My point is that, during perimenopause, even the fittest and most endocrine-balanced (from years of clean-living and hard-core yoga) woman is apt to store a bit of fat on her abdomen. It's not a life sentence. But it is a call to arms (and legs and core stability - ha!). I have a chance to manage the numerous challenges I'm currently experiencing with a targetted yoga regimen. It means I'm going to have to find a way to overthrow the lethargy I feel every evening by the time I get home from work - because I must. During the headache times, I end up doing lots of yoga anyway - albeit the kind one accomplishes in a dark room. I've got to shake up the yoga-as-medicine paradigm, since my body isn't currently motivated, to use it actively (not reactively) to support hormonal change. It might help my headaches (along with other things we're trying out - TBD in future post). It will almost certainly bolster my energy level and mediate the hormonal bickering I've got going on. And, when all is said and done, I'll be a post-menopausal woman in terrific physical shape - balanced and strong and flexible and toned. 

No, I will not be the same person I was before I embarked on this involuntary transition, but who cares?! I'm angling for better on the basis of experience, introspection and effort. That seems achievable.


  1. I admire your fortitude in planning for the upcoming changes. (I wish I had kept my own eye on the ball!)

    Really interesting what you observed about your yoga teacher. Almost all of my weight gain is in that same location, which is why it isn't visible when I take front facing camera shots for the blog.

    I believe you will emerge better -- you make everything better than it was!

    1. Well, necessity is the mother of invention! This mushball stomach thing is epidemic :-)

  2. I started my perimeno journey at 37 right after child number 5... by 45ish I really was hit with big mood swings, horrible mentral cycles and finally went to a natural pharmacist. I take a natrual hormone concoction that has brought me back to human again. I am pretty sure I am through menopause (ceased cycles for several years). I too have experienced the area weight gains and mushieness..... it happens... life goes one... and you do learn to adjust to being older! I hope you are able to get migraine relief.... that has to be hard to deal with. Blessings

    1. Firstly, I cannot believe you have 5 kids. Do you ever sleep?? And thanks so much for sharing your tale. It's good to know I'm not alone in managing this earlier than average. xo

  3. This is a very interesting post. I have to say that all the things you describe are familiar, especially the mushy tummy. I have always had a tight abdomen, but menopause and its 5-8 lbs crept up on megradually over about 5 years. I thought I was stuck with it, but in Jan I started a new ,healthy, eating plan. Without attempting to loose weight, just eat healthier, I have lost my belly. Now I need to do the exercise to get the tone back. One thing at a time..... You have lots of company in this journey. Continue to share it, please!

    1. I'm so thrilled to hear that you have started a plan that has worked so well! I'm not much of a dieter (as you probably know :-)) but I'm going to be as healthful as possible and focus on the tone :-)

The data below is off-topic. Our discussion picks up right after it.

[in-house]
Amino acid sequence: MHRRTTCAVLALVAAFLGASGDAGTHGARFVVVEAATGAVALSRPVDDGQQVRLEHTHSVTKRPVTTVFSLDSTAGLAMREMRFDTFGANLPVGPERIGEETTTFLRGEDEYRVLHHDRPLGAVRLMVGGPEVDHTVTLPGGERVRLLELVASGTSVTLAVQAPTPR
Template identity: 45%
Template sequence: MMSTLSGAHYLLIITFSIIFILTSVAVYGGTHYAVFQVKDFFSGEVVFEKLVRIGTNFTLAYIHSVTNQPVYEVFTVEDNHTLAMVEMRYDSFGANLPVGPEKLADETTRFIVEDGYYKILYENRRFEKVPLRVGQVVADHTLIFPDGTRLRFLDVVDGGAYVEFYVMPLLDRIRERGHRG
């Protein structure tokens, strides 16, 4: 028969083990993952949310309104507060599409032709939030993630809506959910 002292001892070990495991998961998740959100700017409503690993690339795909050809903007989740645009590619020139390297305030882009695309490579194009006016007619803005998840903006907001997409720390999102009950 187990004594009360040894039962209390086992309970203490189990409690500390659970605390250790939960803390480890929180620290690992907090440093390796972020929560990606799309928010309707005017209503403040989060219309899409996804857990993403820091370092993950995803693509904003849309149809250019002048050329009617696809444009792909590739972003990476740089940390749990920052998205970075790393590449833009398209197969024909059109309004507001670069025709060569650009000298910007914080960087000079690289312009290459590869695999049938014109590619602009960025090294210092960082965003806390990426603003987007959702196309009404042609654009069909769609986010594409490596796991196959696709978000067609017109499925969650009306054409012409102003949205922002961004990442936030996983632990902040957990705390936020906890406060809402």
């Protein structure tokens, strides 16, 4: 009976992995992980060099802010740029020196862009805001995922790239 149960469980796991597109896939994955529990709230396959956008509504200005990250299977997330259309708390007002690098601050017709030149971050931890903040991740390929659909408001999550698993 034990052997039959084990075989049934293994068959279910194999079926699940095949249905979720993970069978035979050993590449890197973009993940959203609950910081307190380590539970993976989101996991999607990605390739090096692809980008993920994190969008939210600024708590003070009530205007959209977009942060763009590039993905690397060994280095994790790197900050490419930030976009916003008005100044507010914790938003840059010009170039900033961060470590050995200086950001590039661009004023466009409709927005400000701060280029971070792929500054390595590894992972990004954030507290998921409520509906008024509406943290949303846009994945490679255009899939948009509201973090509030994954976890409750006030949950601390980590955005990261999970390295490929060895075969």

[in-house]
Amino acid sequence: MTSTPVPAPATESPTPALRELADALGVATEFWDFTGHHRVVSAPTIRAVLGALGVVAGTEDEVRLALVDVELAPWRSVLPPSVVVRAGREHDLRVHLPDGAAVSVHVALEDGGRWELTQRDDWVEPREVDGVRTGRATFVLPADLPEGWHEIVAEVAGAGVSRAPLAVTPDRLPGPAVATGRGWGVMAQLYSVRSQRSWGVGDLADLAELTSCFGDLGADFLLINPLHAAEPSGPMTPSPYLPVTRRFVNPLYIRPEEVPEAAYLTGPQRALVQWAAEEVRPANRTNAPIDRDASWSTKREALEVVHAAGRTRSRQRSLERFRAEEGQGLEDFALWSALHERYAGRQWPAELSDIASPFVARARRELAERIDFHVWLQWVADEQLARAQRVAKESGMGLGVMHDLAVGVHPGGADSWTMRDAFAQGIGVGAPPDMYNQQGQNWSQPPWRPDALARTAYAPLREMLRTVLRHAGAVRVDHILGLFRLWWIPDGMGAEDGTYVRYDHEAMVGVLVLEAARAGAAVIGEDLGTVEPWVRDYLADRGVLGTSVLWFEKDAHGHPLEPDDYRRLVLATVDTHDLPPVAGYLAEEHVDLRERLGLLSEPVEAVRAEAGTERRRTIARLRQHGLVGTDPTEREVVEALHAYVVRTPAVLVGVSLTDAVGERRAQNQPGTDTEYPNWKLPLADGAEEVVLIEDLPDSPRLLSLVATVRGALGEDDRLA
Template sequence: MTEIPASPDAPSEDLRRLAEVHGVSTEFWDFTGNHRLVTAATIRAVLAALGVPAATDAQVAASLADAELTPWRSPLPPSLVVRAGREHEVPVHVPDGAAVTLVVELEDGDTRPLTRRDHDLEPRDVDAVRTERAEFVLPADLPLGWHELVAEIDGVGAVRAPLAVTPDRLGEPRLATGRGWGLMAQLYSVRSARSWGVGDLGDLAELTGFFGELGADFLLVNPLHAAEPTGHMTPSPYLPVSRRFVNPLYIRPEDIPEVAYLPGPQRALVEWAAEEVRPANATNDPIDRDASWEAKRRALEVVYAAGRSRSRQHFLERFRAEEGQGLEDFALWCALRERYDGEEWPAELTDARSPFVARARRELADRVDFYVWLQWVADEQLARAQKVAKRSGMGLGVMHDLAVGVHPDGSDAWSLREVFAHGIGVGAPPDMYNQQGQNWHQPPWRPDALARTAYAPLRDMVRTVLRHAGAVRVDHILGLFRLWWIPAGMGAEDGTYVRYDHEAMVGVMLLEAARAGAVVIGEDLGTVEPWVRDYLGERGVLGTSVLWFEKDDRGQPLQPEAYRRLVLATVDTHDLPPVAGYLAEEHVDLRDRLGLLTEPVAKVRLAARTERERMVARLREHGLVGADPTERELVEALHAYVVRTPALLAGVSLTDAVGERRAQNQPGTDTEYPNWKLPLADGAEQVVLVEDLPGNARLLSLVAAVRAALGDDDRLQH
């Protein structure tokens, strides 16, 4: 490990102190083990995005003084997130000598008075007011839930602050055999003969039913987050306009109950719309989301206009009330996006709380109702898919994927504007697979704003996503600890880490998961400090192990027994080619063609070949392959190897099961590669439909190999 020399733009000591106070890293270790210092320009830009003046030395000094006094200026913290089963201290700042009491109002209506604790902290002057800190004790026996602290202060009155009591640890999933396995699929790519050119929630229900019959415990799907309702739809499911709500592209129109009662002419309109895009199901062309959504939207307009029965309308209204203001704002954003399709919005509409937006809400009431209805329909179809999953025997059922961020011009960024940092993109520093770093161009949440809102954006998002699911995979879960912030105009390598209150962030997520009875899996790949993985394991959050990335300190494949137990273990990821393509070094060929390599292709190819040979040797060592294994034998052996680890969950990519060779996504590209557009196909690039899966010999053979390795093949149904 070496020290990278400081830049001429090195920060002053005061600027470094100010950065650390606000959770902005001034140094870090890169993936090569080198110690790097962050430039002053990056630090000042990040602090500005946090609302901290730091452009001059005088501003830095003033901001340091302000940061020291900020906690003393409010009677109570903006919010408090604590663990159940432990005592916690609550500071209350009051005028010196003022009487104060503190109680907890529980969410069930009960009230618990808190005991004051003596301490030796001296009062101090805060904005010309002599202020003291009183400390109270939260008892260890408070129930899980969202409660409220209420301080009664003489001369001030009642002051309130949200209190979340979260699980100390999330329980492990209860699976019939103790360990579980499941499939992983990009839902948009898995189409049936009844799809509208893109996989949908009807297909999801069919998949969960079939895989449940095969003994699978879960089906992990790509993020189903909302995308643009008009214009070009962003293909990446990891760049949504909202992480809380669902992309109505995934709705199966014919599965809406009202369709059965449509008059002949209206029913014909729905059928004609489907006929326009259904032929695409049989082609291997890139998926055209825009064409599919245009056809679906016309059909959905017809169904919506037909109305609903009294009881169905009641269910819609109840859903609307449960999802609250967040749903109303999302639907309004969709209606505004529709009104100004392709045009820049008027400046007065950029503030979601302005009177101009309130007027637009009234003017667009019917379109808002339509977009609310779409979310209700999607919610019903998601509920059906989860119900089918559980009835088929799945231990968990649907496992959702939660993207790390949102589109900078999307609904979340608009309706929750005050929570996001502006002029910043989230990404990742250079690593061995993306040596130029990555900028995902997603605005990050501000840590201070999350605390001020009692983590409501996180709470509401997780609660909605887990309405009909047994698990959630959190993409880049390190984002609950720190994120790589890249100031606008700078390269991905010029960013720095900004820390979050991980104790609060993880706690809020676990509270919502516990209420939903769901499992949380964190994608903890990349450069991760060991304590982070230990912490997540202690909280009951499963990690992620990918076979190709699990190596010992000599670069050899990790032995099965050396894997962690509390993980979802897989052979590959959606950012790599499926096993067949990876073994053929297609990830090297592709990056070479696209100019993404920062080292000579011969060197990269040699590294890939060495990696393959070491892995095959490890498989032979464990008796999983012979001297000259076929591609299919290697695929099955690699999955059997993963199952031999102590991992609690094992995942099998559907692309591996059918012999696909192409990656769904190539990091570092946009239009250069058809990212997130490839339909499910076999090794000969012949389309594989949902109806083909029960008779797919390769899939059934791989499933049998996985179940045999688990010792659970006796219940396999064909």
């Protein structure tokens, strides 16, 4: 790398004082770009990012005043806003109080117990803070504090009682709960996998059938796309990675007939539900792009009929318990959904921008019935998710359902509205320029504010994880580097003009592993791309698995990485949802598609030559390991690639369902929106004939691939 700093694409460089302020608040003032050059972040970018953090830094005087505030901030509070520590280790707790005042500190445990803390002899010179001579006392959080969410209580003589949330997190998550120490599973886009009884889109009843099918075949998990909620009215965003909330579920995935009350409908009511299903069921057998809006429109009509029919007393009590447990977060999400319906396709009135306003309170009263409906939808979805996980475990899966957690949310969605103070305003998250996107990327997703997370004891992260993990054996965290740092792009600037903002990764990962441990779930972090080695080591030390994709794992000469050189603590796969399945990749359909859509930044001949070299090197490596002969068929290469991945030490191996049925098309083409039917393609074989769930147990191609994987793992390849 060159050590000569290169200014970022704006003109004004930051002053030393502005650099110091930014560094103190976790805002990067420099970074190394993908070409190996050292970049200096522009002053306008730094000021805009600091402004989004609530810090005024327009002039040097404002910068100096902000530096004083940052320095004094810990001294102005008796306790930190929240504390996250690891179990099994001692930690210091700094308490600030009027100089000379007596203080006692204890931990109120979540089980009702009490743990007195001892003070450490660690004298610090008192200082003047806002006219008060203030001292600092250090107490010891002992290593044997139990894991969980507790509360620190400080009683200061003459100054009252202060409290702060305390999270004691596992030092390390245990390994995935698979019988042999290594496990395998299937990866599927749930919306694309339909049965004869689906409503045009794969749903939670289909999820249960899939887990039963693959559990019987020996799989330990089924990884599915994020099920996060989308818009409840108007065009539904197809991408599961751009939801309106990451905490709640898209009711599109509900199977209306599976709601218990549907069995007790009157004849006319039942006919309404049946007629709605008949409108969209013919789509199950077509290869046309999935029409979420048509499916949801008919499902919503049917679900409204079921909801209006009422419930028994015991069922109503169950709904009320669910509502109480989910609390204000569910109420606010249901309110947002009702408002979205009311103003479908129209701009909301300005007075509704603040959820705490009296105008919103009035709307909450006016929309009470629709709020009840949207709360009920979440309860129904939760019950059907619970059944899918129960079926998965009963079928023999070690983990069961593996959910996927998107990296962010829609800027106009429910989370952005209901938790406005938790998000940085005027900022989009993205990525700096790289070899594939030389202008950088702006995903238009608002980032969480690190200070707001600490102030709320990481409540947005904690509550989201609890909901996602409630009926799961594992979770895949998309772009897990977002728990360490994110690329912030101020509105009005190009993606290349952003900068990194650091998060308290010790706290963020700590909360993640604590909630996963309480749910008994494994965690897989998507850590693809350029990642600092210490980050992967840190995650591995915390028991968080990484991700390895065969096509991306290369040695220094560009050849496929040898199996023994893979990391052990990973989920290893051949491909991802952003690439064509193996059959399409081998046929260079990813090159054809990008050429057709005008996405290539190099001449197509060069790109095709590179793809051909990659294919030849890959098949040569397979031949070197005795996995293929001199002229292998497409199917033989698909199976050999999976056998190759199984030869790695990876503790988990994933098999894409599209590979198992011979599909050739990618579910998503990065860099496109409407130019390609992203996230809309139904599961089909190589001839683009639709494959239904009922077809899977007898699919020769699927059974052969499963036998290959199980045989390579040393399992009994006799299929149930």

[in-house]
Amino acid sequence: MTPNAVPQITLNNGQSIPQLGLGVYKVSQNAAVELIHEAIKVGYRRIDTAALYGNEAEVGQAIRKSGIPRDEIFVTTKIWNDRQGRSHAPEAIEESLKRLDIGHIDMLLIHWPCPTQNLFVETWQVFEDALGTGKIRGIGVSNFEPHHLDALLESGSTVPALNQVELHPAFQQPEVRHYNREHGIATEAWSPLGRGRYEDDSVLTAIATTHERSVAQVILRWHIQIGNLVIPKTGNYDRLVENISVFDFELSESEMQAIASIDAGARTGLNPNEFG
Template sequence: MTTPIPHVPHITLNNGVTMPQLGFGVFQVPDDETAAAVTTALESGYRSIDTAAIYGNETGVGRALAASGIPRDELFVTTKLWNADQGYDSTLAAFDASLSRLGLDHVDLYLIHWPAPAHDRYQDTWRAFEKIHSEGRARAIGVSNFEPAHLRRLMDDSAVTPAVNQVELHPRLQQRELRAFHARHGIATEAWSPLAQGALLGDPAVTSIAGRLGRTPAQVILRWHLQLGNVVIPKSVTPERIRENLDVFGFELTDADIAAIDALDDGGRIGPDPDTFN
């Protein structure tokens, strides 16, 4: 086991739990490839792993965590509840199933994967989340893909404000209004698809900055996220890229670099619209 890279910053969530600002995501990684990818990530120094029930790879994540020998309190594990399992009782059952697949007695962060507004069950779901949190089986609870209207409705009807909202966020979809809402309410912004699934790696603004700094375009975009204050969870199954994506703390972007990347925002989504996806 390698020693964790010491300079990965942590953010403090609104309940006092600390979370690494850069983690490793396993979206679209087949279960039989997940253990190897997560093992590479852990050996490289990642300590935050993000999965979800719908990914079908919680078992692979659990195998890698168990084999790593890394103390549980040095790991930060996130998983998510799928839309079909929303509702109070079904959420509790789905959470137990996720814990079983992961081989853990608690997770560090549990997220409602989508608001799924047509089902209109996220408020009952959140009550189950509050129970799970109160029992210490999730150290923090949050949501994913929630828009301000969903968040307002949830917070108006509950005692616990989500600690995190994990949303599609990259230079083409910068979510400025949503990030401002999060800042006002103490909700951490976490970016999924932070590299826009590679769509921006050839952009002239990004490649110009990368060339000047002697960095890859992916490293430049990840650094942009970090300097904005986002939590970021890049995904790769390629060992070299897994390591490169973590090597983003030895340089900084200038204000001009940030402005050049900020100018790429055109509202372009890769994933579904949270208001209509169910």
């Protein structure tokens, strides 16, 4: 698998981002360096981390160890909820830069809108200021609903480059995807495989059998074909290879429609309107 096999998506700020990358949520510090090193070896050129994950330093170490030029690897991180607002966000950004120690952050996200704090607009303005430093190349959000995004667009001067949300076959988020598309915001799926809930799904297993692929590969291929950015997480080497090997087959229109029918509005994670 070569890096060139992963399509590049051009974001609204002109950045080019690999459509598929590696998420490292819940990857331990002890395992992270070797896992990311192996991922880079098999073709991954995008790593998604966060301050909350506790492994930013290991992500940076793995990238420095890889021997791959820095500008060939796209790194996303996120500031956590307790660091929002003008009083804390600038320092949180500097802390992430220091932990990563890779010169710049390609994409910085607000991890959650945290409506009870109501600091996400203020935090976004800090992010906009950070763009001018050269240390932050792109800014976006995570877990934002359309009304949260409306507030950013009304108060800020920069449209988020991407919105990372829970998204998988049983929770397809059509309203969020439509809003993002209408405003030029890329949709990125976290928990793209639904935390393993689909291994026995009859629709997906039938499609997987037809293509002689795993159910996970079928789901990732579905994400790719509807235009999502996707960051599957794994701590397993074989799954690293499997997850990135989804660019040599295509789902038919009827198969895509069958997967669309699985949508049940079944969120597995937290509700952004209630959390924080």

4. Hang in there K! I'm sending good thoughts your way --- I am glad you are taking charge of your health. And, keeping my fingers crossed about the gene.

    1. Thanks Pam! Keep keeping your fingers crossed.

  5. Wow, all I can say is Wow! You certainly explained this well.

  6. From my experience, life keeps getting better if one takes charge of eating habits and excercise. It certainly sounds like you are taking charge and don't have an illness that prevents that. Way to go!!

    1. Thanks Rose! Sometimes feeling in control is as good as actually being in control :-)

  7. Way to take charge! And you've made me really glad I practice yoga!

    1. Oh, be very glad - it's such a good discipline on so many accounts.

  8. I love that you have said this. It's been hard for me to connect recently as I neither craft, sew, cook or buy things online. In fact my only hobby is wine and netflix.
    But as you know I adore and respect you and I totally empathise with the journey you have taken to accept this. Mother Nature has sent you something you can't control K.
    I have a paunchy belly now - but I know it is from the wine and cheese and contentment with life after years of anxiety. I am surprised when I see my rounder face and bigger arms as I always had a gaunt look - but I know it is the price we pay for getting older without dying of something and being more content.
    As a mother of a 14 year old, I look at a most beautiful girl every day so it is a shock when I see my 44 year old self in the mirror - but failing eyesight has its compensations; I am wrinkle free !

    Until I put on my glasses. There is a solution for that. Get your eyebrows threaded by someone else and never wear glasses in the bathroom.

    xx and more xx

    1. Wine and netflix are worthy hobbies! :-) I just throw in some knitting on occasion. I can't tell you how thrilled I am that you are experiencing a critical mass of contentment after so many years of anxiety. And you should NEVER look at the teen comparatively. Trust me, it's a bad idea! :-) (Not that one can avoid it...)

      I'm with you on the appeal of rose-coloured glasses, or none, if that does it for you :-)

      Thank you for you lovely comment. xo

  9. Coming from the other side of things (post menopausal), I can say with certainty that it's great no longer menstruating, and that approaching that phase of your life with such a great attitude and plan will serve you well!

    1. Andrea: Thank you for sharing your experience and for your comment. I'm hoping that mind over matter does the trick. (And some matter too :-))